From 1983 to 2005, Ms. Richard enjoyed a rich and varied career with Roundabout Theatre Company. The Roundabout that Ms. Richard joined was a small nonprofit theater company in bankruptcy. By the time she departed as Managing Director, Roundabout had become one of the country’s largest and most successful theater companies of its kind, with net assets in excess of $67 million dollars. Ms. Richard is the recipient of six Tony Awards as producer, for Roundabout productions of Cabaret (1998), A View from the Bridge (1998), Side Man (1999), Nine (2003), Assassins (2004), and Glengarry Glen Ross (2005). As producer of more than 125 shows at Roundabout, she had direct supervision of all management and marketing functions. She created Roundabout’s “Theatre-PLUS” programs, which include singles, teachers, family, gay and lesbian, wine tasting, and the 7 p.m. “Early Curtain” series, all of which grew to represent more than 10 percent of Roundabout’s 40,000 subscribers.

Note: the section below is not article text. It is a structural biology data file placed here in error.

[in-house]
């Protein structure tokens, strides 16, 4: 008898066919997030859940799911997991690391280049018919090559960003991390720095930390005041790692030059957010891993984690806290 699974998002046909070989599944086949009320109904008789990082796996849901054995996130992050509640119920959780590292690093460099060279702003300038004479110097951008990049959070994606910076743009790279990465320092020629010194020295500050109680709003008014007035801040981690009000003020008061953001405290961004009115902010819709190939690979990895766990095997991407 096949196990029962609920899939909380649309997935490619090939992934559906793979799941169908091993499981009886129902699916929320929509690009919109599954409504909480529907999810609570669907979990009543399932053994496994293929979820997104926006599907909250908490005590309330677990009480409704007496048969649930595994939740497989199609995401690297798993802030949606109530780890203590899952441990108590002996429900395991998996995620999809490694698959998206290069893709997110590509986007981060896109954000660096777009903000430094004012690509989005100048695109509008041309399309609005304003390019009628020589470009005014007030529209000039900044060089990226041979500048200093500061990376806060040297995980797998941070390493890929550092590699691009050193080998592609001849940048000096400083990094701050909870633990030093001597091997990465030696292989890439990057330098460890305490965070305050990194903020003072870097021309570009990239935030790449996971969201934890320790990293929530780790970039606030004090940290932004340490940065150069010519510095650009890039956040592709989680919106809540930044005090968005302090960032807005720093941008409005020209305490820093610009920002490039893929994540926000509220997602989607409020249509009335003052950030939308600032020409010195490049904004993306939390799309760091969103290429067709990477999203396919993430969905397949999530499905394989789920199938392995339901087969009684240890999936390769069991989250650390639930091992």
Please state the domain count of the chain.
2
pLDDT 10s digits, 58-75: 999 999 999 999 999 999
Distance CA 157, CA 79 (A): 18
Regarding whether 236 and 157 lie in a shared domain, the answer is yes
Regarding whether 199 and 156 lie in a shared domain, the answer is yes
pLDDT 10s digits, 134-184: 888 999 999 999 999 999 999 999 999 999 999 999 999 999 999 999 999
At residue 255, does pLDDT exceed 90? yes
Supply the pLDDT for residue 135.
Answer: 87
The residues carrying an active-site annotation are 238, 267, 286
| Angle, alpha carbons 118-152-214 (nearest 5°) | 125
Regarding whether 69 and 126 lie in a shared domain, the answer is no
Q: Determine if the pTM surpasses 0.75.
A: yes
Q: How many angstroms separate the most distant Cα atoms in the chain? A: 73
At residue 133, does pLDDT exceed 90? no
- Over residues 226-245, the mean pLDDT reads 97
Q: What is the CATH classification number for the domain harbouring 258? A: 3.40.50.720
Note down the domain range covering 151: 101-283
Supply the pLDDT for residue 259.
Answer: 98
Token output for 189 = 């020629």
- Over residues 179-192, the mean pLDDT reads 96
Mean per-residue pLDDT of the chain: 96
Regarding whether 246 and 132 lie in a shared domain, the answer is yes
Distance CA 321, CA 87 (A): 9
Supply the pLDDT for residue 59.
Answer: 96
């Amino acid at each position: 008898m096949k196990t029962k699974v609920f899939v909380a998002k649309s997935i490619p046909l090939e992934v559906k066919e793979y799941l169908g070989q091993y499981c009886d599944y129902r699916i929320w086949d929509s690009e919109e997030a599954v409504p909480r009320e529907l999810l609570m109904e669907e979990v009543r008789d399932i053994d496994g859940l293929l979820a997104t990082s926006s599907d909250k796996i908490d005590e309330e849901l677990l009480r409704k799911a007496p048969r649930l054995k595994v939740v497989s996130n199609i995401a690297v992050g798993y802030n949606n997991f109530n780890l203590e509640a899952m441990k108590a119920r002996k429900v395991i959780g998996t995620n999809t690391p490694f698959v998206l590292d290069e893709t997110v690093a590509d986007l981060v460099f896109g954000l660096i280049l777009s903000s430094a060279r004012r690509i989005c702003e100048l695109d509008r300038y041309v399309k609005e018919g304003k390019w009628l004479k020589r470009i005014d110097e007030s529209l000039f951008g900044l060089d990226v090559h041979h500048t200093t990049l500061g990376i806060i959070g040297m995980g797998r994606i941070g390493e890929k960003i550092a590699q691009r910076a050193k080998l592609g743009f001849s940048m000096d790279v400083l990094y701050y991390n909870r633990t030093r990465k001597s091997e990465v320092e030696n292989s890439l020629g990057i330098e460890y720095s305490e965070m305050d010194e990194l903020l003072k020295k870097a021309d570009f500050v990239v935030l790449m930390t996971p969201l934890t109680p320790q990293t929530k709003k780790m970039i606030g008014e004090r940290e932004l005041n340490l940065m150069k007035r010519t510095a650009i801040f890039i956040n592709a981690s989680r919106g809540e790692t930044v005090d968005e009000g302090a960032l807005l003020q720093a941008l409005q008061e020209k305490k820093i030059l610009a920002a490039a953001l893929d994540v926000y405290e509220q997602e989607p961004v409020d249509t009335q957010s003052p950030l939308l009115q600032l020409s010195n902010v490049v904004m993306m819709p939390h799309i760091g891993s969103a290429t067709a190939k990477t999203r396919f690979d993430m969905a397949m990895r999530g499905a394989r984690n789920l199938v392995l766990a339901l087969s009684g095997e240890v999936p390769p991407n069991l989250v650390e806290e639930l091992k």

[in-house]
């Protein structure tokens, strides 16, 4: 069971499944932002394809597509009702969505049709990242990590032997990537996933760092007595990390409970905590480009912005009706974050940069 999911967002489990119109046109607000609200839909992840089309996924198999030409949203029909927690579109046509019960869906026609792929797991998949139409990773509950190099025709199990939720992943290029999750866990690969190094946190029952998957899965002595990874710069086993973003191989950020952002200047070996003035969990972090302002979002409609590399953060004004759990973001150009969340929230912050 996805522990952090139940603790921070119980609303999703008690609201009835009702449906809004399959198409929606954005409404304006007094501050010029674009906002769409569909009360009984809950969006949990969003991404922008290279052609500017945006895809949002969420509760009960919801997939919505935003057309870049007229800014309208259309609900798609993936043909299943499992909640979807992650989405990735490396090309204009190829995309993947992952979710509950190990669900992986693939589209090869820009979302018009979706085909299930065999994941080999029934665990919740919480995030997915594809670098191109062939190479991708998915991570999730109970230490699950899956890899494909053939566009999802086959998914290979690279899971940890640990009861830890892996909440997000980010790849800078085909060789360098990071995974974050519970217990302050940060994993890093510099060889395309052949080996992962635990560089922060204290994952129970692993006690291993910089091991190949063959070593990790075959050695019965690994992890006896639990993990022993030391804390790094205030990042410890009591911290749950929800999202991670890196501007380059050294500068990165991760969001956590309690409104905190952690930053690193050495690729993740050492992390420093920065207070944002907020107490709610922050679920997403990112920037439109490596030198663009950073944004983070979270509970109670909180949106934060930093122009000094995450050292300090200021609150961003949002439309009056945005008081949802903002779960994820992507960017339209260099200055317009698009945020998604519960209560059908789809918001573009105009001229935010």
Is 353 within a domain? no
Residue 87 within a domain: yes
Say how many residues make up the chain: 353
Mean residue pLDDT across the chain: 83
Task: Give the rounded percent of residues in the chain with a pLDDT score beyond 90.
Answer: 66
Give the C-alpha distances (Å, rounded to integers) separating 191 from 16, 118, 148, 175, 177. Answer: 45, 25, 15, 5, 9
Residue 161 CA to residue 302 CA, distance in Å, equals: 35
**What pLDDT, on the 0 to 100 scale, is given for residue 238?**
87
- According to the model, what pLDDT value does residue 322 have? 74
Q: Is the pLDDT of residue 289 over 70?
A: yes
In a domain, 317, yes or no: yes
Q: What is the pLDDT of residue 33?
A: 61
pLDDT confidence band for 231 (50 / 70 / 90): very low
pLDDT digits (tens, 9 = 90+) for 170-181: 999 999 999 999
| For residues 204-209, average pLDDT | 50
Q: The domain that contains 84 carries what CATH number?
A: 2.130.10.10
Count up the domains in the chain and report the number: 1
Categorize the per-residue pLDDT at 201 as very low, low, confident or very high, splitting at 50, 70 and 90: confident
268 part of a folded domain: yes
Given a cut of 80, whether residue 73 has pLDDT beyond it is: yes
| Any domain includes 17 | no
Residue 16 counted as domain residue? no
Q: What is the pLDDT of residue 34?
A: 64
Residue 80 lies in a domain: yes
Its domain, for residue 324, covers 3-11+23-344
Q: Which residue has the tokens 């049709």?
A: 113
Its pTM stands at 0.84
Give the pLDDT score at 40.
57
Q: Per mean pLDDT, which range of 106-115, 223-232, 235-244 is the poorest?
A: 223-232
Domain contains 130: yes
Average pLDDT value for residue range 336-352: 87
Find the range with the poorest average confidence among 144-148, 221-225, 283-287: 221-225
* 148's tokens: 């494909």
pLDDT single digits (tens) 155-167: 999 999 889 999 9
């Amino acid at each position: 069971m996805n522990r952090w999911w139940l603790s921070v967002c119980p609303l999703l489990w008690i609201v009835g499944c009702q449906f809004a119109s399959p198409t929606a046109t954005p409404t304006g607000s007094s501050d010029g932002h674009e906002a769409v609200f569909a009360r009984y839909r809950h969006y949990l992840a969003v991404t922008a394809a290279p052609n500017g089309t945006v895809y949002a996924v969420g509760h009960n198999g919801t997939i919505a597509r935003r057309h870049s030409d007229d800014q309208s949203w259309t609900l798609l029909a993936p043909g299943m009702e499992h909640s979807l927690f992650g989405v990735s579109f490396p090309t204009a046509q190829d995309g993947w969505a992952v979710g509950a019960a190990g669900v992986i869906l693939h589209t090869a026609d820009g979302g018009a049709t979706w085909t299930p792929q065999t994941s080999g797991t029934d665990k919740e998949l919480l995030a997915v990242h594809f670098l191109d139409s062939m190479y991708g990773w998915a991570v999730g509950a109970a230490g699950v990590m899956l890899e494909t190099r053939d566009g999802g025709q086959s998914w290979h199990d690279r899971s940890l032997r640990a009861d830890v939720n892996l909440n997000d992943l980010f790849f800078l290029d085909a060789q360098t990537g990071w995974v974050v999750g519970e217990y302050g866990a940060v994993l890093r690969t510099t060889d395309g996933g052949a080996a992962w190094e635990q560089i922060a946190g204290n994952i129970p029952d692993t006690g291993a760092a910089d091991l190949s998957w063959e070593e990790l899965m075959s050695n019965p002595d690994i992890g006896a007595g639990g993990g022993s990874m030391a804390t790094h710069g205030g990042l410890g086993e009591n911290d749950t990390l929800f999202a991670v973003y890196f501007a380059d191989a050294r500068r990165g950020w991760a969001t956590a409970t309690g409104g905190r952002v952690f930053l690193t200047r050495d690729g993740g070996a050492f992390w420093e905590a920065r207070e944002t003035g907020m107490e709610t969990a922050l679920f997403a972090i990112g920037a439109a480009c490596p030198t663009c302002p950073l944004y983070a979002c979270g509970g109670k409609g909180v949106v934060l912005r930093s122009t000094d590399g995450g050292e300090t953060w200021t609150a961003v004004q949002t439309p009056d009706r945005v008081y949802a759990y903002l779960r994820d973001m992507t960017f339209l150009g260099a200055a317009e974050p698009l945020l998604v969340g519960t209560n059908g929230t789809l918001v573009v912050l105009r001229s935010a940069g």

As director of design and construction at Roundabout, Ms. Richard was responsible for more than $50 million of theater construction for 11 projects. She conceptualized the three permanent Roundabout stages — The Broadway venues of Studio 54 and the American Airlines Theatre, and the Off-Broadway venue The Harold and Miriam Steinberg Center for Theatre She directed the location search for Cabaret and oversaw the creation of the production’s environmental Kit Kat Klub. Prior to her tenure at Roundabout, Ms. Richard served as business manager of Westport Country Playhouse, theater manager for Stamford Center for the Arts, and business manager for Atlas Scenic Studio. She began her career working as a stagehand, sound designer, and scenic artist assistant.